Howdy, Stranger!

It looks like you're new here. If you want to get involved, click one of these buttons!

Categories

Dark Dreams of Furiae - a new module for NWN:EE! Buy now
Attention, new and old users! Please read the new rules of conduct for the forums, and we hope you enjoy your stay!

Why is Animate Dead an Evil spell in most D&D editions (specifically 3.5/Pathfinder)?

VallmyrVallmyr Member, Mobile Tester Posts: 2,438
As title, why does animate dead have the evil descriptor and why does animate object not have it?

I feel as though the magic behind the two is very similar.

As a scholar of necromancy, I can understand create undead having it. You're binding a soul to a body and giving it intelligence. Mindless undead? Just magic moving their limbs.

If anything I'd label it "Chaotic."

Messing with dead bodies is against tradition it seems, hence chaotic.


So, what are your guys thoughts?




CrevsDaaktypo_tilly
«1

Comments

  • scriverscriver Member Posts: 2,072
    Do Animate Dead highjack somebody's soul or use Negative Energy to power it's creation? Because either of those seems like it would be a pretty big step from "make an object move around on it's own" on the morality scale. Animate Object doesn't create a being, or "un-being" so to speak, it just makes stuff mobile.

    I wonder if you could cast Animate Object on a dead body.

    VallmyrCrevsDaak
  • VallmyrVallmyr Member, Mobile Tester Posts: 2,438
    @Dee
    Holy crap
    I love you.

    This is the first post I've read when I discuss the implications of necromancy and whether it's evil or not that actually makes logical sense. Usually I just get, "ANIMATING BODIES AND STUFF IS EVIL SO ANIMATE DEAD IS EVIL" or some other lame answer.

    Also, I can definitely see that.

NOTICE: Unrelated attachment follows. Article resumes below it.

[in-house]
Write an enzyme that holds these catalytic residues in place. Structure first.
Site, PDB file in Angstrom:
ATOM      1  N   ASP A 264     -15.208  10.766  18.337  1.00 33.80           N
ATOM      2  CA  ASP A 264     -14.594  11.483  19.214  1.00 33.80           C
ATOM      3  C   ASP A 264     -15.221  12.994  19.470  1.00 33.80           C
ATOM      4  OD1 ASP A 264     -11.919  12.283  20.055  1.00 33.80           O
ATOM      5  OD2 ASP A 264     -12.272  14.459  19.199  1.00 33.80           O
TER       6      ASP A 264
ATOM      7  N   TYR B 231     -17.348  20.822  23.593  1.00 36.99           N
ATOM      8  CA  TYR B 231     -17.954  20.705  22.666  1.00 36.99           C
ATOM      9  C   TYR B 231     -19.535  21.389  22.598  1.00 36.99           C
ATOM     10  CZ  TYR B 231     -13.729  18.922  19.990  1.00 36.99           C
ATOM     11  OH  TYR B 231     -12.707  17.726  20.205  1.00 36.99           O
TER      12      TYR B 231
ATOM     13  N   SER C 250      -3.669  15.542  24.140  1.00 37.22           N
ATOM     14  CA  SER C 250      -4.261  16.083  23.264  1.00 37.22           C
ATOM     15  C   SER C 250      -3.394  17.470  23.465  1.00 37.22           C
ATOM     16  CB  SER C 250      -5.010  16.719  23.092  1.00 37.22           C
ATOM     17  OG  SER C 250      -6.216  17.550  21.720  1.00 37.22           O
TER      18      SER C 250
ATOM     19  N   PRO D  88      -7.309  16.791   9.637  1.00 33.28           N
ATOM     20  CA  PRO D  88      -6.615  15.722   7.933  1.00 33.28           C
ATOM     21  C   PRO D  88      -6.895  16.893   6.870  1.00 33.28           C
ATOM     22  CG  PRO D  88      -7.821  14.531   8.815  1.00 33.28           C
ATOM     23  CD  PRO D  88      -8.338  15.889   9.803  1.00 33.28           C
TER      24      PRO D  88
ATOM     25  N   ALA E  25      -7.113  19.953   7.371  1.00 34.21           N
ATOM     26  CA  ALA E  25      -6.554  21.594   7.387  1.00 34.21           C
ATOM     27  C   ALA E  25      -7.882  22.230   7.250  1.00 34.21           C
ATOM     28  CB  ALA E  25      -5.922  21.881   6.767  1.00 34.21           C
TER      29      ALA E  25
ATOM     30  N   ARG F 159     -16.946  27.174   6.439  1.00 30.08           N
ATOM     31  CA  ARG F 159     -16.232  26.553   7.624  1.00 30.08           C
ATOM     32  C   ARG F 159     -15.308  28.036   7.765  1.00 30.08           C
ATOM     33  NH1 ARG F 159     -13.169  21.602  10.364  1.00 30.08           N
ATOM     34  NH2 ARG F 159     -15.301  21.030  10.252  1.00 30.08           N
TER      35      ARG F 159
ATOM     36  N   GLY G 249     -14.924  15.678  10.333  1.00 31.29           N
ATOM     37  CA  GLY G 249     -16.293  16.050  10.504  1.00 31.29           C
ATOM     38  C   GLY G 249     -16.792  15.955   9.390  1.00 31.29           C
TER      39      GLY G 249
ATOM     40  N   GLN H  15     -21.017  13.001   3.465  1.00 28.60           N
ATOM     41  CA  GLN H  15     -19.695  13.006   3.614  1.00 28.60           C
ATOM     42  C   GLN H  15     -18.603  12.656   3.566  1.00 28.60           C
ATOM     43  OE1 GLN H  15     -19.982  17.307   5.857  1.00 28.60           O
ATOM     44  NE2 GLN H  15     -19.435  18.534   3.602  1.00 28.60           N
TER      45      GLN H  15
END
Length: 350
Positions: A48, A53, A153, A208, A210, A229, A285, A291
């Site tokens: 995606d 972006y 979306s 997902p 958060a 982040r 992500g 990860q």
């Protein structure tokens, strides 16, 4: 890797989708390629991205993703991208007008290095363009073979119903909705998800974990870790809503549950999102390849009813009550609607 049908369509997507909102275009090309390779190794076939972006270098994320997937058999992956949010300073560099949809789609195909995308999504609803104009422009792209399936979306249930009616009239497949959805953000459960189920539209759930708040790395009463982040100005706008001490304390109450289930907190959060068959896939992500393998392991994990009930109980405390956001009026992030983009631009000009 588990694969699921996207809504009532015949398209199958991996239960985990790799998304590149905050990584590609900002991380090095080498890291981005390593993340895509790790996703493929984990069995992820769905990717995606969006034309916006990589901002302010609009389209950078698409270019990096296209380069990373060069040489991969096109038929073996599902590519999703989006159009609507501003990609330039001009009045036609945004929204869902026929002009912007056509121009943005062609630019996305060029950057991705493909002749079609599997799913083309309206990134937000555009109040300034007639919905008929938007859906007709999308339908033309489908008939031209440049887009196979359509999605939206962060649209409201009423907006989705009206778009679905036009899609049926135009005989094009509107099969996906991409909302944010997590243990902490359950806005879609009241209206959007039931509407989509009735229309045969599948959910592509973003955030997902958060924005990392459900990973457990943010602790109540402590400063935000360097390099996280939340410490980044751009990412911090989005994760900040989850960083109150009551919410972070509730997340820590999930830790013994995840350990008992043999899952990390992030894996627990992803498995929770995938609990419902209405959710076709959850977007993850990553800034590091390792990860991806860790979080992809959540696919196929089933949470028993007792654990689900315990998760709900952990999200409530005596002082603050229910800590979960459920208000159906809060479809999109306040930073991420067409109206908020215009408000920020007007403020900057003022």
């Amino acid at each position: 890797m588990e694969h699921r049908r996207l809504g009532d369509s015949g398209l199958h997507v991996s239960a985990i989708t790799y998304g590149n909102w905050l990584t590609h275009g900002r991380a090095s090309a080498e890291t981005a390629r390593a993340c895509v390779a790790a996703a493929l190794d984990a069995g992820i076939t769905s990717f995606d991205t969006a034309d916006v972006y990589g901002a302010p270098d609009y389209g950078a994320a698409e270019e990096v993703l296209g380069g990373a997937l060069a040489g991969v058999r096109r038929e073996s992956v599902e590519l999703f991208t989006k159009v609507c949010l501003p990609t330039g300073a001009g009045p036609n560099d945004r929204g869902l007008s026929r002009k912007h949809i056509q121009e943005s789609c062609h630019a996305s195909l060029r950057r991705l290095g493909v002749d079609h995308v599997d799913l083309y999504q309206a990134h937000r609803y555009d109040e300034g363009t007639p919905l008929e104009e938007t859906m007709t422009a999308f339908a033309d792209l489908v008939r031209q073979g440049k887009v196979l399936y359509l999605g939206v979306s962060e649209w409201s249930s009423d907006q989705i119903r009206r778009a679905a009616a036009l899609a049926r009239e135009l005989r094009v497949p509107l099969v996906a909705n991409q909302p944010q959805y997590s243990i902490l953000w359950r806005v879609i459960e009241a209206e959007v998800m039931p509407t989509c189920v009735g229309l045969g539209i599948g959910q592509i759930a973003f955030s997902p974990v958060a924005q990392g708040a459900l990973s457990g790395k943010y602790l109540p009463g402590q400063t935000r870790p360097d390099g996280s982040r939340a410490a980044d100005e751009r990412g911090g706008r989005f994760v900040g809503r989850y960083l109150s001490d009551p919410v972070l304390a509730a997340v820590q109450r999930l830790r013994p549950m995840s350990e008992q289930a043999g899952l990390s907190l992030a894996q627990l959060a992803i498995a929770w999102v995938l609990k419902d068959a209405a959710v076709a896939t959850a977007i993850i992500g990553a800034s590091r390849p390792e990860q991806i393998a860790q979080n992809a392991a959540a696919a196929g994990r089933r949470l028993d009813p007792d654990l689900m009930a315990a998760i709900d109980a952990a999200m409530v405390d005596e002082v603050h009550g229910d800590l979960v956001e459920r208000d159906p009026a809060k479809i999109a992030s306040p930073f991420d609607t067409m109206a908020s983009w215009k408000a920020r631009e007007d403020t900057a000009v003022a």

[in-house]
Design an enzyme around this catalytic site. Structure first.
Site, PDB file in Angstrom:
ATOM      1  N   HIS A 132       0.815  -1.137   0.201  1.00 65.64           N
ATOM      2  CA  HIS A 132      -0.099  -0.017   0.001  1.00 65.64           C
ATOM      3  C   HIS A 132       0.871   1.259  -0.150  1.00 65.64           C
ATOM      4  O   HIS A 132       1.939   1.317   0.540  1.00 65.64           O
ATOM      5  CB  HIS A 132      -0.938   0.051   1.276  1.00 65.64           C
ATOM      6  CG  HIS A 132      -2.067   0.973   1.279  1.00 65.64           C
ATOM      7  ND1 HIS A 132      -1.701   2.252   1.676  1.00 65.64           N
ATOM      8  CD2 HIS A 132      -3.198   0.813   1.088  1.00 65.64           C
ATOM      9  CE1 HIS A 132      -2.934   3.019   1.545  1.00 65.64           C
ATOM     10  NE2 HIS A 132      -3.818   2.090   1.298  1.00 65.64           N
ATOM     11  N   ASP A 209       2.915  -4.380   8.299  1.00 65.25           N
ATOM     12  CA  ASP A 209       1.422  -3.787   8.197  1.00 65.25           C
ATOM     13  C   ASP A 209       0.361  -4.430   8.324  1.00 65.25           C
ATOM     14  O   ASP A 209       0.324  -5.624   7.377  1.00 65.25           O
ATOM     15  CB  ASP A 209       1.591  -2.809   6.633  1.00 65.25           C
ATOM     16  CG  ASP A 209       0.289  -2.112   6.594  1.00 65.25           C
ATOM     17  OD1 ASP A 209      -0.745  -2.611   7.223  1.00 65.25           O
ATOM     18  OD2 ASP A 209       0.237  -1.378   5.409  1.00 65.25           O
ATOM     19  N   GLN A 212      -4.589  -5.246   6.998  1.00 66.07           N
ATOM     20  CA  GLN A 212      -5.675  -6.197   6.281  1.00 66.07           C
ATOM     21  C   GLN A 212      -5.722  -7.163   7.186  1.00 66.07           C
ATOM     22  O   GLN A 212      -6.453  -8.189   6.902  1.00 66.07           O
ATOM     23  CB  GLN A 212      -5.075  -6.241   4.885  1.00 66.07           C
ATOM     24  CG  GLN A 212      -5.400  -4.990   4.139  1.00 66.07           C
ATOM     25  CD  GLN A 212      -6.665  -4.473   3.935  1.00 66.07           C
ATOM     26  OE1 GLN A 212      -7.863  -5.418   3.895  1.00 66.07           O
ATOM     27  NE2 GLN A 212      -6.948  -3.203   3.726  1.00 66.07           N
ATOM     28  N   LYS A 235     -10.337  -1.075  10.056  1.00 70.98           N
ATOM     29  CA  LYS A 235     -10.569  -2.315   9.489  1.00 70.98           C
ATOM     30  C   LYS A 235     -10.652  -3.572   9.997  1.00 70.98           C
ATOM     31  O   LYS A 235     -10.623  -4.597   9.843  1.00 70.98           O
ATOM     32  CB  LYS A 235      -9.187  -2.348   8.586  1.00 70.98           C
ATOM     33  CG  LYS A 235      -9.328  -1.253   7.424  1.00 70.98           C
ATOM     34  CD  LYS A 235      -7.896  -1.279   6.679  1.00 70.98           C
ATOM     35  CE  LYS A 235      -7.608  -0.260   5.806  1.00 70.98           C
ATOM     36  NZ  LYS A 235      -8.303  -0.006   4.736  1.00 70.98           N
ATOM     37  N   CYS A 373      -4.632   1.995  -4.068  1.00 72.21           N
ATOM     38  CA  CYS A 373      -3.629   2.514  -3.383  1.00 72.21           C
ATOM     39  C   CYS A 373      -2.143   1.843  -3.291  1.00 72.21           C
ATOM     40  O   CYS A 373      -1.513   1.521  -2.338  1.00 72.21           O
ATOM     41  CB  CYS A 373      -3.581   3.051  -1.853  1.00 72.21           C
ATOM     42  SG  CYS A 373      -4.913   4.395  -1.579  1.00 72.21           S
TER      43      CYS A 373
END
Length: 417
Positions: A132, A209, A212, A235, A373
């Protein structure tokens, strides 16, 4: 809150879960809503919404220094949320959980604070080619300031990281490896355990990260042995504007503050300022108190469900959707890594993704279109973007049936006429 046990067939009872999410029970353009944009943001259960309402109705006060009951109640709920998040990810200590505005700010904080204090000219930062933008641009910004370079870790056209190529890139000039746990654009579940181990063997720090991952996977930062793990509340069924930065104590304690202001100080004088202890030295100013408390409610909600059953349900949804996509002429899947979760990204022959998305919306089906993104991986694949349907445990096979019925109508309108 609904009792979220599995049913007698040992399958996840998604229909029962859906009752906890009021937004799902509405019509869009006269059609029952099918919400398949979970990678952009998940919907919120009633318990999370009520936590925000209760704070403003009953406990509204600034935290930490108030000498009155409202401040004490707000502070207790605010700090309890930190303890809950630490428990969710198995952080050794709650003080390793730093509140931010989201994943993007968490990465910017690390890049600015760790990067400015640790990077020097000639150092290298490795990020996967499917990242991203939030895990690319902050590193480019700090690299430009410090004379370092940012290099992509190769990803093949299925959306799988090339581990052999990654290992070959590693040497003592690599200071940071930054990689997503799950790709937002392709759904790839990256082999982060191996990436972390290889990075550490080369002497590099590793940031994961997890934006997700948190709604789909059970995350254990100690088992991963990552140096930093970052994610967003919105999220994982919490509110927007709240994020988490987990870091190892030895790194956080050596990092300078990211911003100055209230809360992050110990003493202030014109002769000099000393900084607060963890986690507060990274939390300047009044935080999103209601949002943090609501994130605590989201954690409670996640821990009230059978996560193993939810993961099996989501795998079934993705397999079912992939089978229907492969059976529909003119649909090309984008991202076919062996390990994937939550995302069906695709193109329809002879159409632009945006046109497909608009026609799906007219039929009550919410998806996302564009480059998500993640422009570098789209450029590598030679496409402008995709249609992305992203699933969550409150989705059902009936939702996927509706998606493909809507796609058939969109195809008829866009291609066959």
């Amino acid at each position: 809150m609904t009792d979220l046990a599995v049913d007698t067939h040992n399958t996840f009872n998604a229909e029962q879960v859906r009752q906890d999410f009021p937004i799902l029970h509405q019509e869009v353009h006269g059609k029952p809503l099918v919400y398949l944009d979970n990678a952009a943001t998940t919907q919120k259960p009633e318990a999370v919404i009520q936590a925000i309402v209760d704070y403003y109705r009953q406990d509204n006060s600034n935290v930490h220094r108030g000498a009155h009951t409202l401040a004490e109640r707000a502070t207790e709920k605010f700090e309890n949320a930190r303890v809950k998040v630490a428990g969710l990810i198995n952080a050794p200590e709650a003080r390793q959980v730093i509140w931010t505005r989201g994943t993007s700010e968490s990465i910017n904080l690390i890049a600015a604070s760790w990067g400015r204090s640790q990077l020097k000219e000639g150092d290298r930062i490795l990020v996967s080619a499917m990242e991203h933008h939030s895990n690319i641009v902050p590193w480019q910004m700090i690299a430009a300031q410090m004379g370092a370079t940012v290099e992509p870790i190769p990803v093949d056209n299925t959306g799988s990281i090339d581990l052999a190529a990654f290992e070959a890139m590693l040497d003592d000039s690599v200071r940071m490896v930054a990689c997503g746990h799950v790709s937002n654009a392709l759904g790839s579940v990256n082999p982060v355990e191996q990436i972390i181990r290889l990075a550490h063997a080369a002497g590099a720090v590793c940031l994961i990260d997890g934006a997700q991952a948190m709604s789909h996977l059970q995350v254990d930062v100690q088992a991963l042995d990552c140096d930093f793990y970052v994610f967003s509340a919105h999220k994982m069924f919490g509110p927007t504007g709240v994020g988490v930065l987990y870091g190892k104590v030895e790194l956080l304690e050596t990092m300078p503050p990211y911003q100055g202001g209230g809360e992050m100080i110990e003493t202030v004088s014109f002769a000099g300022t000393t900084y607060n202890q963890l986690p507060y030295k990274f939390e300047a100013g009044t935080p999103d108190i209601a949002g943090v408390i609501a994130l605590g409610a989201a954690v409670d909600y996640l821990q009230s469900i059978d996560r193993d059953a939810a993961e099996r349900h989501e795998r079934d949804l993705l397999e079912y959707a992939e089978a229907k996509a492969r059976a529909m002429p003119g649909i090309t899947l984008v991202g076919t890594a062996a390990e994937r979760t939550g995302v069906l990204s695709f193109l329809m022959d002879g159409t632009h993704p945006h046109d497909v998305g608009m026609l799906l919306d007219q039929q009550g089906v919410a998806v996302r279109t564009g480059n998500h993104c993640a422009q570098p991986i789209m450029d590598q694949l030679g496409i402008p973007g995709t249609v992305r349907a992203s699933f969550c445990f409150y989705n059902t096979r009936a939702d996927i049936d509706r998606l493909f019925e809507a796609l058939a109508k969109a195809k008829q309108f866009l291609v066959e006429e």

I always thought animate dead as putting negative energy into a corpse to cause to move. Never thought of the idea that maybe the negative energy gained a sort of sentience or not.

    Hmmm
    very interesting take on it. Thank you!

    CrevsDaakJuliusBorisovlolien
  • DeeDee Member Posts: 10,447
    The important piece to remember is what happens when the cleric (or wizard) stops controlling the undead. If the undead stops in its tracks, or collapses because the magic disappears, then the magic is only moving its body rather than giving it agency. If, on the other hand, the undead turns on the caster and attacks them, or goes off and wanders the world (with or without any purpose), then the caster has given the undead creature agency and at least a semblance of control over its existence. In essence, the caster has created life (or conjured it from somewhere else), which then brings up the moral implications of what the caster is doing with that life.

    I've played a fair few necromancers in my day; it's something I like to think about a lot. :)

    VallmyrCrevsDaaklolien
  • VallmyrVallmyr Member, Mobile Tester Posts: 2,438
    Dee said: